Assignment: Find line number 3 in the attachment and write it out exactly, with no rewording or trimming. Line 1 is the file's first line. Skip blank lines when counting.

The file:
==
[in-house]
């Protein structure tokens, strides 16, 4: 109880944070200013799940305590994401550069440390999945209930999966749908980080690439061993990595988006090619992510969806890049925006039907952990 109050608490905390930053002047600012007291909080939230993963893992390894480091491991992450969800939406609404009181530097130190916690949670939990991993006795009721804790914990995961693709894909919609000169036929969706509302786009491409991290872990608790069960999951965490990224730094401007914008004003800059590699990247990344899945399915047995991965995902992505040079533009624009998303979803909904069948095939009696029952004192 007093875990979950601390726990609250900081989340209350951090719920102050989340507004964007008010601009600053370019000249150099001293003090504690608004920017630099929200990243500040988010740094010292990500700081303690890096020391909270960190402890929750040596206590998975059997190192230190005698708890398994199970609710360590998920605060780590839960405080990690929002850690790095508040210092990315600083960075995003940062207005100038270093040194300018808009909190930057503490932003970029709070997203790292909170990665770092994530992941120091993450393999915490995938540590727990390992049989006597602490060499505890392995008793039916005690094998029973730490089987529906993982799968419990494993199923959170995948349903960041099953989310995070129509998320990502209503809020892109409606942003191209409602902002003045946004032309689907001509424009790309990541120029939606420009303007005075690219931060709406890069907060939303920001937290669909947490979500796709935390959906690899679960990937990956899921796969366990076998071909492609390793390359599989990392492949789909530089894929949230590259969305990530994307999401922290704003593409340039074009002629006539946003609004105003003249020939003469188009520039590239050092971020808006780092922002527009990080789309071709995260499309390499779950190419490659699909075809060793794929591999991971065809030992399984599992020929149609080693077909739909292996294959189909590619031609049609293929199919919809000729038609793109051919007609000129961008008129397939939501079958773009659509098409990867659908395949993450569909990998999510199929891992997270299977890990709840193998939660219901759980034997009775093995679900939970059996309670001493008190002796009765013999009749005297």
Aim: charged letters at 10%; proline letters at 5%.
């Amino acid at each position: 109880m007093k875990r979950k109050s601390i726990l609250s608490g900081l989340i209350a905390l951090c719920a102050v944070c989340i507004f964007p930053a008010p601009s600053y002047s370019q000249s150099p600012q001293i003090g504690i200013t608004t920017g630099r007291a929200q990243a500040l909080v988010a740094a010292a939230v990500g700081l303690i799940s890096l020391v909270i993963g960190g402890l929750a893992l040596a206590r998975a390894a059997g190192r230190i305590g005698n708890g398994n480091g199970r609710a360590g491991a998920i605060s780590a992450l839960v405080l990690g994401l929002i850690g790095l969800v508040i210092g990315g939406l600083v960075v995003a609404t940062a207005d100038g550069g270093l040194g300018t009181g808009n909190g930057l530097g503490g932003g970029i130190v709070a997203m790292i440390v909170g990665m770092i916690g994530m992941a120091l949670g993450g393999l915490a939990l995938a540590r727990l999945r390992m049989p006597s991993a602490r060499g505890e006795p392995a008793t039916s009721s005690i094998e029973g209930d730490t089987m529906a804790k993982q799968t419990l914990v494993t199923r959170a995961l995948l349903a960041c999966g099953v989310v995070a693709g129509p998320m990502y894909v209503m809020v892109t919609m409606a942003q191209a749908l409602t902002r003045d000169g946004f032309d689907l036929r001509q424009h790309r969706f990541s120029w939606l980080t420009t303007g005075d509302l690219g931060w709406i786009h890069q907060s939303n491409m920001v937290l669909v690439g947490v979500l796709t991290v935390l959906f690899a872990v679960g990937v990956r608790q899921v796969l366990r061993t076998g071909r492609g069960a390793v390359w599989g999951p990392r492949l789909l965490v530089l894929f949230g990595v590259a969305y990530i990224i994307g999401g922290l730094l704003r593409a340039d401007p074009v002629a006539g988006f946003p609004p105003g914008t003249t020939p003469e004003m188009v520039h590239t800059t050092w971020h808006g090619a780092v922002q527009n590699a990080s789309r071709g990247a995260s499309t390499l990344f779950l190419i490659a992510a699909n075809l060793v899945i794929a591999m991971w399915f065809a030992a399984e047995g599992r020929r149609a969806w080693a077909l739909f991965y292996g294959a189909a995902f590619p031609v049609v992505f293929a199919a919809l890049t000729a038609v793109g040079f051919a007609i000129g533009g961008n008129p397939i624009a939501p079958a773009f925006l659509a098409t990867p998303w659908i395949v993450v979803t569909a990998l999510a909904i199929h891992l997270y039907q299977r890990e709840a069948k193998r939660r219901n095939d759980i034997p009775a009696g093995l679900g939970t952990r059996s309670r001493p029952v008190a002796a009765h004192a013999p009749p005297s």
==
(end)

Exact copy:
Aim: charged letters at 10%; proline letters at 5%.